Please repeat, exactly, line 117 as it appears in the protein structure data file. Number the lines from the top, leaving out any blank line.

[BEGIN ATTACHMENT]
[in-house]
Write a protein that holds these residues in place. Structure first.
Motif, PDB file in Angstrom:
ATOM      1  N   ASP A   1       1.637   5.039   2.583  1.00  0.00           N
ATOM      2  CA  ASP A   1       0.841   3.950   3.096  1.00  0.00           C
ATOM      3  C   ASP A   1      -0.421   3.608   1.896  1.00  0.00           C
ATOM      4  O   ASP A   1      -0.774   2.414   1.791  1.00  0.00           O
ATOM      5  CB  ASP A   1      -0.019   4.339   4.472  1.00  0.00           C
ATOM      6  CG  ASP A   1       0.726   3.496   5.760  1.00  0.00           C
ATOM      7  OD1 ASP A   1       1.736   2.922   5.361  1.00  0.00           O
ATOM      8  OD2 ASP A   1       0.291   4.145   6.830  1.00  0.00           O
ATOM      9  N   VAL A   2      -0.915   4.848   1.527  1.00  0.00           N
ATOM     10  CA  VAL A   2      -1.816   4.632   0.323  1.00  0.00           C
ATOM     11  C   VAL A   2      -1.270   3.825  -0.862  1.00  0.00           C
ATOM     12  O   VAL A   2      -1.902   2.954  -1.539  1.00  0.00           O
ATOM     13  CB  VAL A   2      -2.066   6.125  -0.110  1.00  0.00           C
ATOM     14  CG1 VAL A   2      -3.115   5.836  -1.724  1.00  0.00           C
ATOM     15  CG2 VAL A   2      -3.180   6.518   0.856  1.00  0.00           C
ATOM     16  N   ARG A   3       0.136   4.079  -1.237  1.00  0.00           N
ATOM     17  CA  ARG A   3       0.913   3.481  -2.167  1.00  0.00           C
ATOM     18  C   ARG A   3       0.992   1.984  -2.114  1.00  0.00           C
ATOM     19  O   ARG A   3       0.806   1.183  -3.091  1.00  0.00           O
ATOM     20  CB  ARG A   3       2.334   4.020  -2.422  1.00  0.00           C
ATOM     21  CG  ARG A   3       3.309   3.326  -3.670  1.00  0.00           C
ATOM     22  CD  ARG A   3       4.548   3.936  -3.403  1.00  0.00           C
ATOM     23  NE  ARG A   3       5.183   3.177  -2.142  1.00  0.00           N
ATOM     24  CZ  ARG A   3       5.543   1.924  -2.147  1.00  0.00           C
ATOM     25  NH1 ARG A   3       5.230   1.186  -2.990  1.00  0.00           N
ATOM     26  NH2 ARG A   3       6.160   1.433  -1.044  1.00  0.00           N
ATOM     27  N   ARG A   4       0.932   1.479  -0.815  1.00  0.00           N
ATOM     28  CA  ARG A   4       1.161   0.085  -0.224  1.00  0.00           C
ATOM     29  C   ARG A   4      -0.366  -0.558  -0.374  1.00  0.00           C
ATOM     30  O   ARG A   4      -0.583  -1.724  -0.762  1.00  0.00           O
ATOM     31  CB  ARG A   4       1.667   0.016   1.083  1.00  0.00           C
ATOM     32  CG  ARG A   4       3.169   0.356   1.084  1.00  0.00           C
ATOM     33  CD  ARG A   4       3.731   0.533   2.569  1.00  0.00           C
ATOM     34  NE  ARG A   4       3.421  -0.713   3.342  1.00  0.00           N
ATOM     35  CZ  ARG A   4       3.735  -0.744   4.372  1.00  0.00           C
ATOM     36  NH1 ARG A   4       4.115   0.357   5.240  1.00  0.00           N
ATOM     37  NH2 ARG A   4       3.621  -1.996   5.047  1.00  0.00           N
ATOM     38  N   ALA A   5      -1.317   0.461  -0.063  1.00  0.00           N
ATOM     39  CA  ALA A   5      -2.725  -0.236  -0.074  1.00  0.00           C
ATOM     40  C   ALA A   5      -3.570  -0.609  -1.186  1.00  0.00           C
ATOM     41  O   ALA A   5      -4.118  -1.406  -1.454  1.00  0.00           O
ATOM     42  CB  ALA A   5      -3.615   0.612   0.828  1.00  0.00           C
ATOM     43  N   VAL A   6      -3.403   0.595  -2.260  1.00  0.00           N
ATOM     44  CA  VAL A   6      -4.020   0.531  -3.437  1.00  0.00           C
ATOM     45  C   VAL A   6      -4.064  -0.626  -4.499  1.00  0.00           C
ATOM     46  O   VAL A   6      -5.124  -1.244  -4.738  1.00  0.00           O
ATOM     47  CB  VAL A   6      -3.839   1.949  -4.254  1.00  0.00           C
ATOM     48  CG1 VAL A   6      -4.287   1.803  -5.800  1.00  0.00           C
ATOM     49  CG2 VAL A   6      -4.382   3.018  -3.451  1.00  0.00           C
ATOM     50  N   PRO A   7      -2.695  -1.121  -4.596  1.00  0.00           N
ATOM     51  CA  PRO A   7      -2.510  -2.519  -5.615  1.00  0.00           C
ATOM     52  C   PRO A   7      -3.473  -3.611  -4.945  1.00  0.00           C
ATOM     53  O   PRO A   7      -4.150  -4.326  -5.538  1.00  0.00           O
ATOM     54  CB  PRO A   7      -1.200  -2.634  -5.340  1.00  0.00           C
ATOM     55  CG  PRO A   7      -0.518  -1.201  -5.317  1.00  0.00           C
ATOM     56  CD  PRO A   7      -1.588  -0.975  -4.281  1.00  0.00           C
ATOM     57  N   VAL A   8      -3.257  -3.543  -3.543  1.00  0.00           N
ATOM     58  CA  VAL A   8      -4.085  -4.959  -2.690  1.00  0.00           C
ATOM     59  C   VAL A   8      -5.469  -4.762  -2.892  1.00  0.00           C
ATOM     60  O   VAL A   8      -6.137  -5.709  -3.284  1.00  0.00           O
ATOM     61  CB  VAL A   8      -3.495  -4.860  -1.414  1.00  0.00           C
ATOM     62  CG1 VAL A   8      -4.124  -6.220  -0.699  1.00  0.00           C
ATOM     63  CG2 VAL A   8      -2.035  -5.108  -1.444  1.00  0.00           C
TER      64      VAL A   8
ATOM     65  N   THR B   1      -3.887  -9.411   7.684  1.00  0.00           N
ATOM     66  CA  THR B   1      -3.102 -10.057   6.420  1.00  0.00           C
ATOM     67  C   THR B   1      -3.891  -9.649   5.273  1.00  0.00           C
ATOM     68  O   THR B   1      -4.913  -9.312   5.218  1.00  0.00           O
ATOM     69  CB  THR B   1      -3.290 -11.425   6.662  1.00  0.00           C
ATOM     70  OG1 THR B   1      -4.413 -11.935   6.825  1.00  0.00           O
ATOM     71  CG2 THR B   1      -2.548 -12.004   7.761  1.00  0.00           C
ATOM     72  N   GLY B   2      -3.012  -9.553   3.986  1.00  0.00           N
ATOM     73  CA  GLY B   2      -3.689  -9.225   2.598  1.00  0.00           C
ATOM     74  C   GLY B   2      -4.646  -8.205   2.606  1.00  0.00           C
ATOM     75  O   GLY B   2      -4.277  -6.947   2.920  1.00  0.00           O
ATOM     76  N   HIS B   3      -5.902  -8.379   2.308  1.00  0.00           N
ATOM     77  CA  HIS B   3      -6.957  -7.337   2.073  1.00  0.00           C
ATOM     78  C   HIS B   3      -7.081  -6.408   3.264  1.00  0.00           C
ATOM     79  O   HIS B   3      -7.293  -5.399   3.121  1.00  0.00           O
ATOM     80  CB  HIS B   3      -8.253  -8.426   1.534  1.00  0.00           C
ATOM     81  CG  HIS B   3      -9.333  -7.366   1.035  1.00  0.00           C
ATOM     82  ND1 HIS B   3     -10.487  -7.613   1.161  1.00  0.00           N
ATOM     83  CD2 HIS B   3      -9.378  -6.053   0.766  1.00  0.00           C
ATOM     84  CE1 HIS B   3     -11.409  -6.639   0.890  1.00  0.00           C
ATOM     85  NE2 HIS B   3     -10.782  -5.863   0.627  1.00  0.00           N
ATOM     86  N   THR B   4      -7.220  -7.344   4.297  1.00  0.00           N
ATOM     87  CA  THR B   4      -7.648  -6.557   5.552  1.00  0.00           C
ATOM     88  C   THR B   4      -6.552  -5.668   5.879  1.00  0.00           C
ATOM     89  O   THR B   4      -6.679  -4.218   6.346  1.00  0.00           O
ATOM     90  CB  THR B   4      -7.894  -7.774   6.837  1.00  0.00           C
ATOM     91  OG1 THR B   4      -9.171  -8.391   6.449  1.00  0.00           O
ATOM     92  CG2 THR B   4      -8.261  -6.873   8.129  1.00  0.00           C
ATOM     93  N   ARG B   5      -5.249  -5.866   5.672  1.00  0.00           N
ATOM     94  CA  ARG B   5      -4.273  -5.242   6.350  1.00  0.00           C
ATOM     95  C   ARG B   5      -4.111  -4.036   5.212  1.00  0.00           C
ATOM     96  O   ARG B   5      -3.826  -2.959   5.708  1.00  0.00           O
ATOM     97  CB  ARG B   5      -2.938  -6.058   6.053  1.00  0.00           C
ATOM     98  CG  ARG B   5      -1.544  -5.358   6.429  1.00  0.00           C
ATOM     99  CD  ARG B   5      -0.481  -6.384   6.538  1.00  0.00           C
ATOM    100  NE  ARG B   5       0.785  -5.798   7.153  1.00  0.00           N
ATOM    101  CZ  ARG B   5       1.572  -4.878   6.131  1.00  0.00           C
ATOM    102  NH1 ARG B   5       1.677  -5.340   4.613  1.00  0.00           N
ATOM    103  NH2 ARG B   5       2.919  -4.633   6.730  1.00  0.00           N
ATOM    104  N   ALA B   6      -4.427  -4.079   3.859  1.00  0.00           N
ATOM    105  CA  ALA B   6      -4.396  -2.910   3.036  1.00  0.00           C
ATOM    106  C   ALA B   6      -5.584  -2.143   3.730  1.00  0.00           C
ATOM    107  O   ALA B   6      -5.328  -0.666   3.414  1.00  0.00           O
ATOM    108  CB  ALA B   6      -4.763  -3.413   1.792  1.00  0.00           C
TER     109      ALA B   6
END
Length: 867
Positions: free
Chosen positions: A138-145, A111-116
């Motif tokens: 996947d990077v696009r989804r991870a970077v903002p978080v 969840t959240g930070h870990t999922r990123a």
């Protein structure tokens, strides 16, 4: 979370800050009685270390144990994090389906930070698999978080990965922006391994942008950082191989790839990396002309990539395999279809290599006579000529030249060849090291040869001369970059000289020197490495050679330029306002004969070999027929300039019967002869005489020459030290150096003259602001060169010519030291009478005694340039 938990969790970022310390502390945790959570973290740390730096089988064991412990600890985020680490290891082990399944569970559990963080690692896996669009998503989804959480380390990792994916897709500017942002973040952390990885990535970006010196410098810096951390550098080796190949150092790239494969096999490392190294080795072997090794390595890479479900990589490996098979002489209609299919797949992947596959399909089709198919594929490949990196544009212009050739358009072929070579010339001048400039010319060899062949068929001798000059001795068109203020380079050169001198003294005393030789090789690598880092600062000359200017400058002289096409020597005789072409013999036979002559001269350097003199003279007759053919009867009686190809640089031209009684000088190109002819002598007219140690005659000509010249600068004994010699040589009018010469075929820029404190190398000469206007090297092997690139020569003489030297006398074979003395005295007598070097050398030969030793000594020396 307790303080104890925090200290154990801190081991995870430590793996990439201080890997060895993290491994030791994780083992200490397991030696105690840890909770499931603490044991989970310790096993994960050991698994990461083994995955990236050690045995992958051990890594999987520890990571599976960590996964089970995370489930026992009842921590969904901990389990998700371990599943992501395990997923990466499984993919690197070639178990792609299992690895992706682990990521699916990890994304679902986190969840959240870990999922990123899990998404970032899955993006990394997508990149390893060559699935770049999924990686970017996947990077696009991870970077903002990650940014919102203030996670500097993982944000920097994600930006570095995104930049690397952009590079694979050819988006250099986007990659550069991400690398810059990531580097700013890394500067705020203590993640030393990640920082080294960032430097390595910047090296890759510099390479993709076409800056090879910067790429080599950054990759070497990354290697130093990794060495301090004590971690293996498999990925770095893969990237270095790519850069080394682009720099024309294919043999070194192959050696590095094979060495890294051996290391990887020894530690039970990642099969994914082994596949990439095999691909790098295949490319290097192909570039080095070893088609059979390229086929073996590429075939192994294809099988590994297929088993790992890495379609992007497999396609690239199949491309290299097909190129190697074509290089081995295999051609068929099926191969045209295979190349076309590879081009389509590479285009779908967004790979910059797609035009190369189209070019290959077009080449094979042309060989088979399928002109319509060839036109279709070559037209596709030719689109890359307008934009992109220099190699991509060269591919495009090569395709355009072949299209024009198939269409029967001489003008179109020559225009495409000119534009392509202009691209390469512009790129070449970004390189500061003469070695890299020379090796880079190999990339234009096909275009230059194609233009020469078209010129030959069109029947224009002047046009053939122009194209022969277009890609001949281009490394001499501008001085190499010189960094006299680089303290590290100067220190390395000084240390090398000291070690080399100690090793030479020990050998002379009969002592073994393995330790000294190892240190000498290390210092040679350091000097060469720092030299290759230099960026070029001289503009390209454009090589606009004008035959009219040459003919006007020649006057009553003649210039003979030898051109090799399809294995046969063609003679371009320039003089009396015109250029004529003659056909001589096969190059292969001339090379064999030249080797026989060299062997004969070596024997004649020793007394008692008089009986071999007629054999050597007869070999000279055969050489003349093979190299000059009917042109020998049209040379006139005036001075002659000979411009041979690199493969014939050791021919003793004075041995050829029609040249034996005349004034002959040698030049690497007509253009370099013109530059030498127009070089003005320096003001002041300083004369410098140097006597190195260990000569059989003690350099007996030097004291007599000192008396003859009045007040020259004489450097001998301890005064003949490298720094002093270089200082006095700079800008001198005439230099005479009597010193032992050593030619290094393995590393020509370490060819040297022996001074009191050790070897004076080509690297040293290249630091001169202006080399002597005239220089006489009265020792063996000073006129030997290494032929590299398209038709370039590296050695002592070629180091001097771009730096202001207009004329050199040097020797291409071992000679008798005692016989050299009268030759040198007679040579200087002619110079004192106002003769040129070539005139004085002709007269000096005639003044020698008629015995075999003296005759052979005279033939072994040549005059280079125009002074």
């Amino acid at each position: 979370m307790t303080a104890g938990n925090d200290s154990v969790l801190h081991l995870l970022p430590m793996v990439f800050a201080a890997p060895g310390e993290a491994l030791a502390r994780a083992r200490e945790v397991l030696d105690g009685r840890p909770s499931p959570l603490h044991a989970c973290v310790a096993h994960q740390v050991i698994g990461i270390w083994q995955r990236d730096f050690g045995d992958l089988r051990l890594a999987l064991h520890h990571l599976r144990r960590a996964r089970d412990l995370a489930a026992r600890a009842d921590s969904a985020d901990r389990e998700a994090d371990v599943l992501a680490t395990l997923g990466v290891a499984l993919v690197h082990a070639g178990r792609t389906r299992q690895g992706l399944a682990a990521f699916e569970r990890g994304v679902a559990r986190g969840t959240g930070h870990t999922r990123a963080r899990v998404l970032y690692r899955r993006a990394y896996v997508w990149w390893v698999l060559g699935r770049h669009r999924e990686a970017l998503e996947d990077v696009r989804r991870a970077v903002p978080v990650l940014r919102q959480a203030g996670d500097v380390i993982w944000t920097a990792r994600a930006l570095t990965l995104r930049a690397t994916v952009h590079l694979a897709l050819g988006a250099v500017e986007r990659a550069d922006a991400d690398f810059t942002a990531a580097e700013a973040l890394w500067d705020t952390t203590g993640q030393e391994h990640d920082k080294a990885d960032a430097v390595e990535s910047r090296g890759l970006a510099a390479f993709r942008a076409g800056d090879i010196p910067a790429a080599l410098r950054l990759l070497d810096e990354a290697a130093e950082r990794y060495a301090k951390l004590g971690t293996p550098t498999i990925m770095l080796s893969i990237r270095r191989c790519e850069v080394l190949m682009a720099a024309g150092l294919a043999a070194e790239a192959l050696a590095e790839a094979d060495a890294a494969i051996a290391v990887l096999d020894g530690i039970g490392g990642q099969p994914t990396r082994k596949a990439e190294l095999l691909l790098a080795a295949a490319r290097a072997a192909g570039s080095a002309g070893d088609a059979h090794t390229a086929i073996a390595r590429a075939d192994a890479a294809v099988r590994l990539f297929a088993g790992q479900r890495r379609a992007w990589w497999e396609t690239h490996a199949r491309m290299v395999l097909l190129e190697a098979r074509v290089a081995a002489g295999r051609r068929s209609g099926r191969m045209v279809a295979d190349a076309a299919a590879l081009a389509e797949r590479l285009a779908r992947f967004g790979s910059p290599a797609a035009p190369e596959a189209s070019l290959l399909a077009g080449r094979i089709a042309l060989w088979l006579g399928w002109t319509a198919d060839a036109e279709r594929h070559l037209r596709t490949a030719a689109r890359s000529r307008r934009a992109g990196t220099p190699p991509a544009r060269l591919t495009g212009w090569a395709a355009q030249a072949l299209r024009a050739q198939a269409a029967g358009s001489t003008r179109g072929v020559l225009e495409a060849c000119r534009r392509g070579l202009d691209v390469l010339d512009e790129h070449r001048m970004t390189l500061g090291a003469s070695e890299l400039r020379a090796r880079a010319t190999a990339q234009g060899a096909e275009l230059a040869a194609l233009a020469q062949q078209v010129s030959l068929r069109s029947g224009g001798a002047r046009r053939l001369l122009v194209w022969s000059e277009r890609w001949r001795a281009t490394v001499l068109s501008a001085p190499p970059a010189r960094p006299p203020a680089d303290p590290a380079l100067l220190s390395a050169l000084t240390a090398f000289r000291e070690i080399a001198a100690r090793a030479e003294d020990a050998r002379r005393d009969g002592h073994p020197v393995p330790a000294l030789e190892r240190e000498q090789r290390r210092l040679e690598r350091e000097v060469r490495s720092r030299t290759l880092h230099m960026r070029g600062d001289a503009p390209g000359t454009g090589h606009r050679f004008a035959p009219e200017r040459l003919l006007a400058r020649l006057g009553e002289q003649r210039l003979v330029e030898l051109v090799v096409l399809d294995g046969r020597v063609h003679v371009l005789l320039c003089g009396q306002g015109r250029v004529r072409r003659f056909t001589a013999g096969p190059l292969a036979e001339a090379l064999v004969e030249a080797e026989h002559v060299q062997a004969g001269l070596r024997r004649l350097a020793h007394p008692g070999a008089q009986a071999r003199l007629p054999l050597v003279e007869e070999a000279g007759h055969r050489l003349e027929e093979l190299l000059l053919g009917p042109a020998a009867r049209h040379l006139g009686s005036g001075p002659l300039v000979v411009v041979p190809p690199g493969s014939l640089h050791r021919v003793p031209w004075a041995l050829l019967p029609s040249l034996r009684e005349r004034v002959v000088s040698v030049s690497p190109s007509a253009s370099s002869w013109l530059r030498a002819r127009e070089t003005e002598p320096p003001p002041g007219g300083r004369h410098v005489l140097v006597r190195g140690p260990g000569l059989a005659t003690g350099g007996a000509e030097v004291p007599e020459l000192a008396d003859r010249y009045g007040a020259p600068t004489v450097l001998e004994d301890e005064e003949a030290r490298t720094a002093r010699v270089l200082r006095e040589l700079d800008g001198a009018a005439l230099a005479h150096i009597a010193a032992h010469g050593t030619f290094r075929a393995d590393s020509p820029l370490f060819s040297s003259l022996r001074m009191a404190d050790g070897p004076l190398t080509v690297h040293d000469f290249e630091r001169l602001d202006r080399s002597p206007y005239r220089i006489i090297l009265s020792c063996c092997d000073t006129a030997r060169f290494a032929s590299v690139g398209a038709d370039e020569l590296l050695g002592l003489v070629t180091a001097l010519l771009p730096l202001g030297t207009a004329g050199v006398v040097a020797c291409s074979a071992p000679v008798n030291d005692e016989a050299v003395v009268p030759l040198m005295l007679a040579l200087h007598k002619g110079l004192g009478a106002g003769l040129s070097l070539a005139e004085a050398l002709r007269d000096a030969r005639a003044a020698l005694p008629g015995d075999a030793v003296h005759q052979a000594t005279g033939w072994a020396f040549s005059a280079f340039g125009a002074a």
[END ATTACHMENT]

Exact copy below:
């Motif tokens: 996947d990077v696009r989804r991870a970077v903002p978080v 969840t959240g930070h870990t999922r990123a």